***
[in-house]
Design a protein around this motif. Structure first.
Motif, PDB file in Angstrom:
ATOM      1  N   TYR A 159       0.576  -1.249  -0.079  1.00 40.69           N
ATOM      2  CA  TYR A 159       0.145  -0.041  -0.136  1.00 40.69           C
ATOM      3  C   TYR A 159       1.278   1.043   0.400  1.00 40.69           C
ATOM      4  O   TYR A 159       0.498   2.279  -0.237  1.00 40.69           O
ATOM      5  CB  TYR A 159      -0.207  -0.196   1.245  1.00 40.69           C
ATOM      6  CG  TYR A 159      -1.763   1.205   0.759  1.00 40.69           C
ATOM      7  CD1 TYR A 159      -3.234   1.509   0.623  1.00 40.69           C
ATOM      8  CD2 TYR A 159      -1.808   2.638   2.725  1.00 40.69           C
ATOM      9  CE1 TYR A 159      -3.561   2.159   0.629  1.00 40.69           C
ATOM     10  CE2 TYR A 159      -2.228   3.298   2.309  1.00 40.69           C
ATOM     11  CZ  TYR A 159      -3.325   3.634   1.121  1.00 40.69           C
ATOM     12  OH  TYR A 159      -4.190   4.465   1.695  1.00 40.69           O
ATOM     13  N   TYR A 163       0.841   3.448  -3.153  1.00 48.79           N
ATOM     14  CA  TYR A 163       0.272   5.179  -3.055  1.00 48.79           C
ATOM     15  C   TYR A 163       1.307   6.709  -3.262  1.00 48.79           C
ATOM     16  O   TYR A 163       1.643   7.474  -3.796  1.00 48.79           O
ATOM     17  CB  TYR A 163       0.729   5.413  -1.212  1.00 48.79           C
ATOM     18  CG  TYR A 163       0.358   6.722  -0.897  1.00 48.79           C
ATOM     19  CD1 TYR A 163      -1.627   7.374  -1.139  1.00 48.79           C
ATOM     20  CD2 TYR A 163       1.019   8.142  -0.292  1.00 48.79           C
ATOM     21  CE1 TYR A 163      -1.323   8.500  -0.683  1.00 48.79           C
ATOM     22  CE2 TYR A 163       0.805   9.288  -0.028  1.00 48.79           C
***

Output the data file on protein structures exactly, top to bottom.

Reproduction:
[in-house]
Design a protein around this motif. Structure first.
Motif, PDB file in Angstrom:
ATOM      1  N   TYR A 159       0.576  -1.249  -0.079  1.00 40.69           N
ATOM      2  CA  TYR A 159       0.145  -0.041  -0.136  1.00 40.69           C
ATOM      3  C   TYR A 159       1.278   1.043   0.400  1.00 40.69           C
ATOM      4  O   TYR A 159       0.498   2.279  -0.237  1.00 40.69           O
ATOM      5  CB  TYR A 159      -0.207  -0.196   1.245  1.00 40.69           C
ATOM      6  CG  TYR A 159      -1.763   1.205   0.759  1.00 40.69           C
ATOM      7  CD1 TYR A 159      -3.234   1.509   0.623  1.00 40.69           C
ATOM      8  CD2 TYR A 159      -1.808   2.638   2.725  1.00 40.69           C
ATOM      9  CE1 TYR A 159      -3.561   2.159   0.629  1.00 40.69           C
ATOM     10  CE2 TYR A 159      -2.228   3.298   2.309  1.00 40.69           C
ATOM     11  CZ  TYR A 159      -3.325   3.634   1.121  1.00 40.69           C
ATOM     12  OH  TYR A 159      -4.190   4.465   1.695  1.00 40.69           O
ATOM     13  N   TYR A 163       0.841   3.448  -3.153  1.00 48.79           N
ATOM     14  CA  TYR A 163       0.272   5.179  -3.055  1.00 48.79           C
ATOM     15  C   TYR A 163       1.307   6.709  -3.262  1.00 48.79           C
ATOM     16  O   TYR A 163       1.643   7.474  -3.796  1.00 48.79           O
ATOM     17  CB  TYR A 163       0.729   5.413  -1.212  1.00 48.79           C
ATOM     18  CG  TYR A 163       0.358   6.722  -0.897  1.00 48.79           C
ATOM     19  CD1 TYR A 163      -1.627   7.374  -1.139  1.00 48.79           C
ATOM     20  CD2 TYR A 163       1.019   8.142  -0.292  1.00 48.79           C
ATOM     21  CE1 TYR A 163      -1.323   8.500  -0.683  1.00 48.79           C
ATOM     22  CE2 TYR A 163       0.805   9.288  -0.028  1.00 48.79           C